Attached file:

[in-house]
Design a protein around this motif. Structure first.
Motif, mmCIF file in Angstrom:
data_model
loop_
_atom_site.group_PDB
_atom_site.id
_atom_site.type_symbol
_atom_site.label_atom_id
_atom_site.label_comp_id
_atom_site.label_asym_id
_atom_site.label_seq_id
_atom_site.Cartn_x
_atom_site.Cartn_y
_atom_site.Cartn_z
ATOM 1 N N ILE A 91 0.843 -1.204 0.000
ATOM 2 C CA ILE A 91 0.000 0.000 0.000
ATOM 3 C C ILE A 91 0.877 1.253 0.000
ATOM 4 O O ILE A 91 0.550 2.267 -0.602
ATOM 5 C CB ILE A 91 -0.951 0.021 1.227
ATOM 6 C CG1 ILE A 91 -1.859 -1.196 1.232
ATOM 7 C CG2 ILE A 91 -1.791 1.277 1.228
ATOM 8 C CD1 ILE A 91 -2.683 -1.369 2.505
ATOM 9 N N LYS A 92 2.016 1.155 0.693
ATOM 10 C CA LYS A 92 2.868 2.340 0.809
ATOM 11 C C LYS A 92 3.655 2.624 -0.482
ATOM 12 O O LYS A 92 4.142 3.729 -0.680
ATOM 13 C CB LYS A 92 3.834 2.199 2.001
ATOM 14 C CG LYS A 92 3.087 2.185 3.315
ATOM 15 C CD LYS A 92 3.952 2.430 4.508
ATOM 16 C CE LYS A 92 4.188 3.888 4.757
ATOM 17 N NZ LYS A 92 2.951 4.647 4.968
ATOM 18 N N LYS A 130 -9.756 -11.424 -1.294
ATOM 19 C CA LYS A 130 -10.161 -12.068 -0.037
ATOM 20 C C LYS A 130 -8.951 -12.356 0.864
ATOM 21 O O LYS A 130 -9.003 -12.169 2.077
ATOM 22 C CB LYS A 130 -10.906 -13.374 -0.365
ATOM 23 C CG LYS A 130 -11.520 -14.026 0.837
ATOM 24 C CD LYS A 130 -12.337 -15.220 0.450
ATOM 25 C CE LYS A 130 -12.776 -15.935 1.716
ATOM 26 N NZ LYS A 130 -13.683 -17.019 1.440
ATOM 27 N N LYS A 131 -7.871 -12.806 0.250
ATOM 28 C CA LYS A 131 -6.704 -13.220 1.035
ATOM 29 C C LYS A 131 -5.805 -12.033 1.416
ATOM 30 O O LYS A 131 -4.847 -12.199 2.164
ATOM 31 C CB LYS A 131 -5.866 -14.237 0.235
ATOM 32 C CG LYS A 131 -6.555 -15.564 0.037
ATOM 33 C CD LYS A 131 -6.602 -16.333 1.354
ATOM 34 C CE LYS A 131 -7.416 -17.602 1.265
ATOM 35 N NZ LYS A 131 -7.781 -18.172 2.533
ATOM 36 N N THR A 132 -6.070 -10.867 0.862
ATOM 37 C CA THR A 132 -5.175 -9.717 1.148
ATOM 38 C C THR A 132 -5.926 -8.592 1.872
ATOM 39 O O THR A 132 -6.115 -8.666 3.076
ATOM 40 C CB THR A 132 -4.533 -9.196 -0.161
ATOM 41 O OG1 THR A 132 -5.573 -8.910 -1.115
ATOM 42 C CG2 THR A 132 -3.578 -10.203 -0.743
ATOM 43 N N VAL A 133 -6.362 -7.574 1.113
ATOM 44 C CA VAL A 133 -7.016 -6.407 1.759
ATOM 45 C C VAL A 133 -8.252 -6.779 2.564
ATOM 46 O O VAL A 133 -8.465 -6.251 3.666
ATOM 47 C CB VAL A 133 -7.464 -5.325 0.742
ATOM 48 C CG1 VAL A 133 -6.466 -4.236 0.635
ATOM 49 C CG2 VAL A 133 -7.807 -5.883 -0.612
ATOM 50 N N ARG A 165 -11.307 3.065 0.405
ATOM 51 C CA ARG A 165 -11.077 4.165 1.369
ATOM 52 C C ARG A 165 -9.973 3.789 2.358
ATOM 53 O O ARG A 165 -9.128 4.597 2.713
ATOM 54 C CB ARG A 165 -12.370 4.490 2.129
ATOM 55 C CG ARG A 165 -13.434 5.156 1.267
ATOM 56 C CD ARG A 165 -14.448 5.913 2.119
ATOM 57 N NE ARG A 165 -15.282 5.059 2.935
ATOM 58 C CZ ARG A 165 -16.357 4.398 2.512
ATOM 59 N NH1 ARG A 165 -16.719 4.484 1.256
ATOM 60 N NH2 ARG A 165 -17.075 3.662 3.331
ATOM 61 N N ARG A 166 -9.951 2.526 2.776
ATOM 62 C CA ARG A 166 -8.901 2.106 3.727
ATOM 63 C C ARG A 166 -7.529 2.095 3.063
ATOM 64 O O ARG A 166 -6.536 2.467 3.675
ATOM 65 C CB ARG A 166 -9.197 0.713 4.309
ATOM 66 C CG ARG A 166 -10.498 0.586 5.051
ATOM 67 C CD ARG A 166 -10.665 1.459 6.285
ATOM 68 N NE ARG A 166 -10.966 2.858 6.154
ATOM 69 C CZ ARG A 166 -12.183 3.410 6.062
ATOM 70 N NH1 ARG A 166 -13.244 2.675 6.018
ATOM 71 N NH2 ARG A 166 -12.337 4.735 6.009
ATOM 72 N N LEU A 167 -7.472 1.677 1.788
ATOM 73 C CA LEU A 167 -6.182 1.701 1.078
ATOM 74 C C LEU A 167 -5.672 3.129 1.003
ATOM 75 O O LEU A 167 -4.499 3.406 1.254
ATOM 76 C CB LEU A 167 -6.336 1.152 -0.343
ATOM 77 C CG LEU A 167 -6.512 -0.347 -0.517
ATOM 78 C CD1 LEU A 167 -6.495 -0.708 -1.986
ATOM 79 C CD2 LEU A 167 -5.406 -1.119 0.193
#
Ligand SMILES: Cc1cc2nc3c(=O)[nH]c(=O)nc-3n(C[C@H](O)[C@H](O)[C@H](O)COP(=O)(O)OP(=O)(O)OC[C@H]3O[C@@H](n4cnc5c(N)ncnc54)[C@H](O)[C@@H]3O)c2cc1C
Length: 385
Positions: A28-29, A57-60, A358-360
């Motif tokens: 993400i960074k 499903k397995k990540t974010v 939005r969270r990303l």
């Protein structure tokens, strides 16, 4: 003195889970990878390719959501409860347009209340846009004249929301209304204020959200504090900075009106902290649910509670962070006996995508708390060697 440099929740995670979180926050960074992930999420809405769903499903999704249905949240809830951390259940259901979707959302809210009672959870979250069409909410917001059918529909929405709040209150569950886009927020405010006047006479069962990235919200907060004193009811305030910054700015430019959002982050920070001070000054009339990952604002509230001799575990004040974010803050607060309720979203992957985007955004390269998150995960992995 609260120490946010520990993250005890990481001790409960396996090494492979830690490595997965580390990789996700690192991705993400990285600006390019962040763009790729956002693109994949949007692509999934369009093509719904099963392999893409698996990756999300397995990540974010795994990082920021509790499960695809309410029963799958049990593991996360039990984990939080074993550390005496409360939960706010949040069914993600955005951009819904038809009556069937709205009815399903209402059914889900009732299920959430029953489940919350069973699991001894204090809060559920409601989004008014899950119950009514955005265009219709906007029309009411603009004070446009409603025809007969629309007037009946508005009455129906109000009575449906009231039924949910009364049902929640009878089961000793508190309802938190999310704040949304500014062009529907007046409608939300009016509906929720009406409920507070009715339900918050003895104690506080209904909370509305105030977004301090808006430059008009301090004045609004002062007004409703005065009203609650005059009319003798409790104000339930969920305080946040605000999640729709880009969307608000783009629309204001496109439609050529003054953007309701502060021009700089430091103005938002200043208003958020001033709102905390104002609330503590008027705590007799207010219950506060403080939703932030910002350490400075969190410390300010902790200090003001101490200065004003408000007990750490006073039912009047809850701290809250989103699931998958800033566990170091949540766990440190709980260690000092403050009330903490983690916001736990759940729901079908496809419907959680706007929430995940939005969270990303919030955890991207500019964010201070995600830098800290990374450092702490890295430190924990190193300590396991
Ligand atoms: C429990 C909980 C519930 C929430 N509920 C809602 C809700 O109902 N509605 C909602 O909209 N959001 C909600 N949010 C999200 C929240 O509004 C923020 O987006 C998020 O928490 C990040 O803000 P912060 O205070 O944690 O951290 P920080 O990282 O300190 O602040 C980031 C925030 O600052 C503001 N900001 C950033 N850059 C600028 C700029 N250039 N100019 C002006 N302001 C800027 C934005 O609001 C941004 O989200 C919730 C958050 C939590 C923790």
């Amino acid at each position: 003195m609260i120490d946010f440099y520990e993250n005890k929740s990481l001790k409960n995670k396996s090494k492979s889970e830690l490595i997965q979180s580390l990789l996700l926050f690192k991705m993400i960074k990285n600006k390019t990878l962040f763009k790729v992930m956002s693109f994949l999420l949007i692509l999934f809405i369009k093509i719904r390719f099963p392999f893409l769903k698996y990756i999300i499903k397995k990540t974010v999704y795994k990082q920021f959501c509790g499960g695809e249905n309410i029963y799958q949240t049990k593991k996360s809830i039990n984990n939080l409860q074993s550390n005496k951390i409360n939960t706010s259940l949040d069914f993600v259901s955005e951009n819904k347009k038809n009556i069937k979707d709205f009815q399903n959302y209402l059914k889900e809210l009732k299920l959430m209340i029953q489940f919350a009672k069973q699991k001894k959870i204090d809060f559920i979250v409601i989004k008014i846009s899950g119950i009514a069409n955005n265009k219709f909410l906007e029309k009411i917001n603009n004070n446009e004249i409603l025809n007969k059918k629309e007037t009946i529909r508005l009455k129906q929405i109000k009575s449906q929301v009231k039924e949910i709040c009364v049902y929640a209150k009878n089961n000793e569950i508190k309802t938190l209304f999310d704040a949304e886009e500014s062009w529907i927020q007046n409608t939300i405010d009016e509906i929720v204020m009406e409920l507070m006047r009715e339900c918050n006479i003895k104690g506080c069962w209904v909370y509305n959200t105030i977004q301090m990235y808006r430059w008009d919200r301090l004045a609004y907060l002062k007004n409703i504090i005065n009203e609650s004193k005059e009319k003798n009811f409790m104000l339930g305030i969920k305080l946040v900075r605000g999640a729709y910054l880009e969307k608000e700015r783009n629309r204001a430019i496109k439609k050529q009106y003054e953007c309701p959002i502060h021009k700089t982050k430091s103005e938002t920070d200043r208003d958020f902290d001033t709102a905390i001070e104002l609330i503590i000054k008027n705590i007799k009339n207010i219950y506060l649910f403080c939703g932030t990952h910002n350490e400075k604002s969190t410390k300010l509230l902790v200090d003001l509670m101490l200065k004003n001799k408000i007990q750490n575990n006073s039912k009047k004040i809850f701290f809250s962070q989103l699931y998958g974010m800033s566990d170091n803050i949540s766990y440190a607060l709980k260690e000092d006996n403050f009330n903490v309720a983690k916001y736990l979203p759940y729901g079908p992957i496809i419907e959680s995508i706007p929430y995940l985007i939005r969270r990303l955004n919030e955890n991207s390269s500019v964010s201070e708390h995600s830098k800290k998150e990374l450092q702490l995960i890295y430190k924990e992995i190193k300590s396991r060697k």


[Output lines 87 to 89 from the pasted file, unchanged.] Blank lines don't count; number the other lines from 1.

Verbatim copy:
ATOM 72 N N LEU A 167 -7.472 1.677 1.788
ATOM 73 C CA LEU A 167 -6.182 1.701 1.078
ATOM 74 C C LEU A 167 -5.672 3.129 1.003